French presidential run-off ‘will be very challenging for Macron’
11 April 2022 | 1:36 pm
Just like in 2017, French President Emmanuel Macron and his far-right rival Marine Le Pen will be facing each other in this year's presidential run-off. Many pollsters are predicting a tight race on April 24. Macron faces a serious challenge and needs to do more than simply tell people to vote for him in order to defeat Le Pen. That's the view of our guest Andrew Smith, a senior lecturer in contemporary French history and politics at Chichester University. He joined us for Perspective.
What if the French left stays home next Sunday? Two-thirds of those who actively support Jean-Luc Mélenchon see no reason to choose centrist incumbent Emmanuel Macron over the far-right's Marine Le Pen in the presidential run-off. In a nation where the president enjoys outsized powers, this is the election that matters. Why are so many of his supporters unfazed by the prospect of Le Pen beating Macron? She's the leader of a party whose roots go back to Vichy France and the 1961 attempted coup to keep Algeria French.
Can she erase the memory of meltdown in 2017? Trailing in the polls, Marine Le Pen has got ground to make up when she squares off with Emmanuel Macron in the one and only French presidential election candidates' debate. It is an exercise that matters in a nation that takes its politics seriously.
Emmanuel Macron and Marine Le Pen have outlined differing visions for the French economy ahead of Sunday's election. The presidential candidates want to tackle the top issue for French voters: the rising cost of living. Daniela Ordonez, Chief French Economist at Oxford Economics, breaks down the different proposals and what they would cost the French state.
French President Emmanuel Macron defeated his far-right rival Marine Le Pen by a comfortable margin in Sunday's election, early projections by four pollsters showed, securing a second term and heading off what would have been a political earthquake.
With Emmanuel Macron having secured a second term in office, we take a closer look at the French president's economic proposals for the next five years. From inflation to the energy crisis to the cost of living, Macron has laid out specific measures in a bid to fix the many challenges facing the French economy. We also find out how pension reform could be central to his plans to finance his economic vision.
For the second election in a row, Emmanuel Macron has beaten Marine Le Pen, becoming the first French president to win a second term in 20 years. But most French papers say his victory is one "without glory," as he benefited more from a desire to keep the far right out of office than from widespread support for his policies. We also take a look at international papers' constructive criticism of Macron's re-election and what they think he can do to improve.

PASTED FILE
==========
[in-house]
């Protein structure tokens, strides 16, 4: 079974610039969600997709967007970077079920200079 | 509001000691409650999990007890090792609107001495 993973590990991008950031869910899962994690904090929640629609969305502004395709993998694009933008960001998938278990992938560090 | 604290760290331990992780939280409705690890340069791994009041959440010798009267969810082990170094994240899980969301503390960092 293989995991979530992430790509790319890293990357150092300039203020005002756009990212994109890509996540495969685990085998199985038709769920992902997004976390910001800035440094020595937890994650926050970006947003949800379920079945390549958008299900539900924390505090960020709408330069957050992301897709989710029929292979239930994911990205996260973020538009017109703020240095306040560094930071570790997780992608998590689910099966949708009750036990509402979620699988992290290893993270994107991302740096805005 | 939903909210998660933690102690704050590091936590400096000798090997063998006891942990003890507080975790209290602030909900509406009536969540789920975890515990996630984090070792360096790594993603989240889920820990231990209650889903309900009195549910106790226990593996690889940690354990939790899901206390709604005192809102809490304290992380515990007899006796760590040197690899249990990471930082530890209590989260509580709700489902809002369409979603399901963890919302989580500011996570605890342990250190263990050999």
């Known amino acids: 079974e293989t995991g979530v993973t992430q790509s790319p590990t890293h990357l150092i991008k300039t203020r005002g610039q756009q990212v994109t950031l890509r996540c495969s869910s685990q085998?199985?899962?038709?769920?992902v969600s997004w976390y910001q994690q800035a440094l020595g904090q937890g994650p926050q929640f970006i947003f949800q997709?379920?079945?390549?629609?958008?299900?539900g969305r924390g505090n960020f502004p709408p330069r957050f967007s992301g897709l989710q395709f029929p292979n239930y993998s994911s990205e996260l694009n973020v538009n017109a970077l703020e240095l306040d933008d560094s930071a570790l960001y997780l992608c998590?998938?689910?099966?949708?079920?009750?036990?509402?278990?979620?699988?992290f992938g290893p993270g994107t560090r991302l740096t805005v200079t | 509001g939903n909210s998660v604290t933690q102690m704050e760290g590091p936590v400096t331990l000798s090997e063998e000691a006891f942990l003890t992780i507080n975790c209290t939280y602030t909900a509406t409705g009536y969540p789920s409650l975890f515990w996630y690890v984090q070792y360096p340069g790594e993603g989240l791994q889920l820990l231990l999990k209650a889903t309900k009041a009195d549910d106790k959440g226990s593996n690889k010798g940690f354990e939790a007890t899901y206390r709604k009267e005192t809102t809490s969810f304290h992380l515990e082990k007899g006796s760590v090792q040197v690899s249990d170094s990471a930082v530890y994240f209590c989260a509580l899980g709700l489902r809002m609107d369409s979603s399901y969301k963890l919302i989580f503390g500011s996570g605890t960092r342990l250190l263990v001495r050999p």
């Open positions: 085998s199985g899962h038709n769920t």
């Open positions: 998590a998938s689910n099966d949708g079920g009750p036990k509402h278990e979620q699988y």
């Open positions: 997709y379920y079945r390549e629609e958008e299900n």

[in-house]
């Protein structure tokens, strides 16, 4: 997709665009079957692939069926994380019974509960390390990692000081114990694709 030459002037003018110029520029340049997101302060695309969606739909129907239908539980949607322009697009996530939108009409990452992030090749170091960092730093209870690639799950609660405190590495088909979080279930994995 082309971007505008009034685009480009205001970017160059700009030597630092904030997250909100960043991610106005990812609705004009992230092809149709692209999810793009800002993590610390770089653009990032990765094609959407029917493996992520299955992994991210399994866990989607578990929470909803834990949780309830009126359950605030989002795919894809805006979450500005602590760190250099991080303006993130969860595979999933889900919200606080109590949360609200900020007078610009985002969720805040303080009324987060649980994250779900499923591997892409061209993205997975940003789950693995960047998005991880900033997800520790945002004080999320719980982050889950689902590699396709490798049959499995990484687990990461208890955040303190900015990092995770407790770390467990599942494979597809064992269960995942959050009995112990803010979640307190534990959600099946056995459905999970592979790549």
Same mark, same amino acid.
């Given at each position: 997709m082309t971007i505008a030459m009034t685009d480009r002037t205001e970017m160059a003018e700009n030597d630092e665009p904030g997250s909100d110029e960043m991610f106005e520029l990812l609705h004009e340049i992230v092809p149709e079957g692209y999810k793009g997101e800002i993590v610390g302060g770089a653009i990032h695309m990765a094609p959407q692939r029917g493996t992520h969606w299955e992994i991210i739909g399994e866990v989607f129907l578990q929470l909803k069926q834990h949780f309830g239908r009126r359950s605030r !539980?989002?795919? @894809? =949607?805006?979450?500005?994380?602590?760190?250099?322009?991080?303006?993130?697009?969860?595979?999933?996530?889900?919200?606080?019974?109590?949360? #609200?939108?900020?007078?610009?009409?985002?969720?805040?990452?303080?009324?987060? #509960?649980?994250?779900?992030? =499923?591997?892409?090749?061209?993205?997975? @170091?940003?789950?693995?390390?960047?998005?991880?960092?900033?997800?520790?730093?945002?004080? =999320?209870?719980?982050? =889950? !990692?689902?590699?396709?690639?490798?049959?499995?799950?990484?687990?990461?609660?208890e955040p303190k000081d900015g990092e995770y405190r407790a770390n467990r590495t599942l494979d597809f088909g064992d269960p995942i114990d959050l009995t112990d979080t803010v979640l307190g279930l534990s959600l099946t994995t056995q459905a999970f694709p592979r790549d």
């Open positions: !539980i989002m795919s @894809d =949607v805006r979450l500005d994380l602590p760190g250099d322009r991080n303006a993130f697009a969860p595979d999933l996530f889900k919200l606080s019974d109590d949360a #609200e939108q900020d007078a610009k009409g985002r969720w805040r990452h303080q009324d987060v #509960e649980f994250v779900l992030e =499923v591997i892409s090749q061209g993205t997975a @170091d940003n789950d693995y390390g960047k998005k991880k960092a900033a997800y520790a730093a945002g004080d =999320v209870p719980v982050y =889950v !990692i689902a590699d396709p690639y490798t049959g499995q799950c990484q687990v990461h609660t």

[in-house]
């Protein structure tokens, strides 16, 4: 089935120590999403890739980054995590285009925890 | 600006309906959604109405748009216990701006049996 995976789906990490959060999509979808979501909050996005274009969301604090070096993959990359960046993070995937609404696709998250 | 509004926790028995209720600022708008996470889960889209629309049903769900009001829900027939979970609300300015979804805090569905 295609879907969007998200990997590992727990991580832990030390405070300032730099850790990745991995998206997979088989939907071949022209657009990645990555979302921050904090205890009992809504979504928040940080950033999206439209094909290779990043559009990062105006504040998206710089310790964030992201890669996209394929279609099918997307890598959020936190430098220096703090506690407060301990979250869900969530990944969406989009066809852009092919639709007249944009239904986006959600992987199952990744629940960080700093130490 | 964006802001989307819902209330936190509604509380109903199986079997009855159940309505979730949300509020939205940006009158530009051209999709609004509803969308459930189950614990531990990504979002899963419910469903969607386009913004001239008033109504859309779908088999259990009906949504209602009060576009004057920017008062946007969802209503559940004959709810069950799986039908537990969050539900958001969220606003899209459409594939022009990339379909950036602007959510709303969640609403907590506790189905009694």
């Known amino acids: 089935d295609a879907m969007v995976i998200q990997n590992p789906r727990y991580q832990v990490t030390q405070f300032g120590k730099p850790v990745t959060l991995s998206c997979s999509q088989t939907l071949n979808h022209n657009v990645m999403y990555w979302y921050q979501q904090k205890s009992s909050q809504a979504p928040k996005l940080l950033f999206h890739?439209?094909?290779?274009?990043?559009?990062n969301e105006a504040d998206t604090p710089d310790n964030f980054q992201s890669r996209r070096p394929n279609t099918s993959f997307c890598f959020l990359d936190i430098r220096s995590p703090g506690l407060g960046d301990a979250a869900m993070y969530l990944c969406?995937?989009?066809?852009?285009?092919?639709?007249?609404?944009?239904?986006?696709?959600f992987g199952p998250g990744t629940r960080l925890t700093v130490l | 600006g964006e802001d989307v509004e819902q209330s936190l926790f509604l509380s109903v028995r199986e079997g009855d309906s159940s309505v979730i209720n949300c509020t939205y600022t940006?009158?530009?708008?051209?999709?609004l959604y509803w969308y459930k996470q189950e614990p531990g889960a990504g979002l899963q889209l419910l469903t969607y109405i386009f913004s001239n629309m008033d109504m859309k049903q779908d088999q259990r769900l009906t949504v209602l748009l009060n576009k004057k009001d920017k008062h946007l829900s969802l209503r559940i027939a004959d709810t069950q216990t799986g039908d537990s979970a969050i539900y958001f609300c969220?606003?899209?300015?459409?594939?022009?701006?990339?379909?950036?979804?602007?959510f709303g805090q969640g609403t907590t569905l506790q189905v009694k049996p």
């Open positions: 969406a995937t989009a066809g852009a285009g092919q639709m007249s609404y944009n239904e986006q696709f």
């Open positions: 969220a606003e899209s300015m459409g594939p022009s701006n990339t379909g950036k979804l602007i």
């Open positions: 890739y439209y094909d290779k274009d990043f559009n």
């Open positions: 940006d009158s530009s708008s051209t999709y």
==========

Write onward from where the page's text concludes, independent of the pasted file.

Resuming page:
Some social media users have been warning of electoral fraud during the French presidential election, showing paper ballots for far-right candidate Marine Le Pen that were "deliberately spoiled". According to specialists, this does not constitute an invalid vote. We tell you more in this edition of Truth or Fake.
Five years ago, it was a party. This time it felt more like a town hall reception after a marriage of reason. Two hours after French voters had handed their now 44-year-old president a second term, Emmanuel Macron's acceptance speech was already over and supporters were set to call it an early night beneath the Eiffel Tower. From abroad, many were asking: how can a 15-point margin turn into a sobering affair?
After an unusual campaign, Emmanuel Macron has won re-election as French president, defeating the far right's Marine Le Pen in the run-off. However, a record number of voters cast ballots for the far right and the far left during the two rounds of the election. The abstention rate in the run-off was the highest since 1969 and the country remains polarised. Macron faces a tough challenge to unite the country.
French voters have re-elected Emmanuel Macron for another five-year term, handing him victory over far-right candidate Marine Le Pen for the second time in a row. So what's next for the French economy and the number one issue for voters, the cost of living crisis? Kate Moody asks Frederik Ducrozet, senior European Economist at Pictet Wealth Management.
France's far-left LFI and its Green Party EELV have joined forces ahead of parliamentary elections in June, aiming to prevent President Emmanuel Macron "from pursuing his unjust and brutal policies."
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